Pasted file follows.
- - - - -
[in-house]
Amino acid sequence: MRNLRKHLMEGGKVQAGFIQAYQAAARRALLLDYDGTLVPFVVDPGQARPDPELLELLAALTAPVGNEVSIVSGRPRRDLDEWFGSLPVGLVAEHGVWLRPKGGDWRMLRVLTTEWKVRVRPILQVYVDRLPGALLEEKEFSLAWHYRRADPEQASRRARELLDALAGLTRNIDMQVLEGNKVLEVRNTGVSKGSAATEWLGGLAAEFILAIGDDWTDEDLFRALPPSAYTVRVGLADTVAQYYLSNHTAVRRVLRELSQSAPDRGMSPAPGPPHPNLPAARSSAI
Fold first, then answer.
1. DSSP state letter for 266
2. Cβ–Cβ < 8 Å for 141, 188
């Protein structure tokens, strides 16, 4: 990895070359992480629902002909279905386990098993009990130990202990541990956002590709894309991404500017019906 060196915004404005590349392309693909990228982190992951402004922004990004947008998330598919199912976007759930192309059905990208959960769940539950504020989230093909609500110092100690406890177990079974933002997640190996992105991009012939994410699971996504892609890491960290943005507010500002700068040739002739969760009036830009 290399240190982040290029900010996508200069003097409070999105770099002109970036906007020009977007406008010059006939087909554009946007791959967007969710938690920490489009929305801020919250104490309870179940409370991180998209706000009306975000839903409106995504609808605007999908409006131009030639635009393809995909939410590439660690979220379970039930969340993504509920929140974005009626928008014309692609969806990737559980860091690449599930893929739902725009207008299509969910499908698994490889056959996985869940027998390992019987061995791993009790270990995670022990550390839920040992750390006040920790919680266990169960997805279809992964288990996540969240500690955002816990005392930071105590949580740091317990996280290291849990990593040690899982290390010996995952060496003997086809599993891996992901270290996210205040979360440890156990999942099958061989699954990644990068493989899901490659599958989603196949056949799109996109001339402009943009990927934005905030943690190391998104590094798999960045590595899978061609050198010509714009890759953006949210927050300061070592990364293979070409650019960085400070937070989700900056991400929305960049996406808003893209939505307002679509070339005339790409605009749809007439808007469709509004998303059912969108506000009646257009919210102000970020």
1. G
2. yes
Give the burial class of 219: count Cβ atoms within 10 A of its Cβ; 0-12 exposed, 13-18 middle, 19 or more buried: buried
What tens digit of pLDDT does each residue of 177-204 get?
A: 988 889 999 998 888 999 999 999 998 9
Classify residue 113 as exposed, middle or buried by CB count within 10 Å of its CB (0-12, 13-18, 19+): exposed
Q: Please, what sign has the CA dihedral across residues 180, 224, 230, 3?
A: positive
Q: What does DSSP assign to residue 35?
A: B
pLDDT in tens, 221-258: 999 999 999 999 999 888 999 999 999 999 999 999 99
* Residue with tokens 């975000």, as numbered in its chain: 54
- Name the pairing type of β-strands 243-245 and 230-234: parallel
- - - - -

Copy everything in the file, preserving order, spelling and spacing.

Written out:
[in-house]
Amino acid sequence: MRNLRKHLMEGGKVQAGFIQAYQAAARRALLLDYDGTLVPFVVDPGQARPDPELLELLAALTAPVGNEVSIVSGRPRRDLDEWFGSLPVGLVAEHGVWLRPKGGDWRMLRVLTTEWKVRVRPILQVYVDRLPGALLEEKEFSLAWHYRRADPEQASRRARELLDALAGLTRNIDMQVLEGNKVLEVRNTGVSKGSAATEWLGGLAAEFILAIGDDWTDEDLFRALPPSAYTVRVGLADTVAQYYLSNHTAVRRVLRELSQSAPDRGMSPAPGPPHPNLPAARSSAI
Fold first, then answer.
1. DSSP state letter for 266
2. Cβ–Cβ < 8 Å for 141, 188
């Protein structure tokens, strides 16, 4: 990895070359992480629902002909279905386990098993009990130990202990541990956002590709894309991404500017019906 060196915004404005590349392309693909990228982190992951402004922004990004947008998330598919199912976007759930192309059905990208959960769940539950504020989230093909609500110092100690406890177990079974933002997640190996992105991009012939994410699971996504892609890491960290943005507010500002700068040739002739969760009036830009 290399240190982040290029900010996508200069003097409070999105770099002109970036906007020009977007406008010059006939087909554009946007791959967007969710938690920490489009929305801020919250104490309870179940409370991180998209706000009306975000839903409106995504609808605007999908409006131009030639635009393809995909939410590439660690979220379970039930969340993504509920929140974005009626928008014309692609969806990737559980860091690449599930893929739902725009207008299509969910499908698994490889056959996985869940027998390992019987061995791993009790270990995670022990550390839920040992750390006040920790919680266990169960997805279809992964288990996540969240500690955002816990005392930071105590949580740091317990996280290291849990990593040690899982290390010996995952060496003997086809599993891996992901270290996210205040979360440890156990999942099958061989699954990644990068493989899901490659599958989603196949056949799109996109001339402009943009990927934005905030943690190391998104590094798999960045590595899978061609050198010509714009890759953006949210927050300061070592990364293979070409650019960085400070937070989700900056991400929305960049996406808003893209939505307002679509070339005339790409605009749809007439808007469709509004998303059912969108506000009646257009919210102000970020």
1. G
2. yes
Give the burial class of 219: count Cβ atoms within 10 A of its Cβ; 0-12 exposed, 13-18 middle, 19 or more buried: buried
What tens digit of pLDDT does each residue of 177-204 get?
A: 988 889 999 998 888 999 999 999 998 9
Classify residue 113 as exposed, middle or buried by CB count within 10 Å of its CB (0-12, 13-18, 19+): exposed
Q: Please, what sign has the CA dihedral across residues 180, 224, 230, 3?
A: positive
Q: What does DSSP assign to residue 35?
A: B
pLDDT in tens, 221-258: 999 999 999 999 999 888 999 999 999 999 999 999 99
* Residue with tokens 């975000």, as numbered in its chain: 54
- Name the pairing type of β-strands 243-245 and 230-234: parallel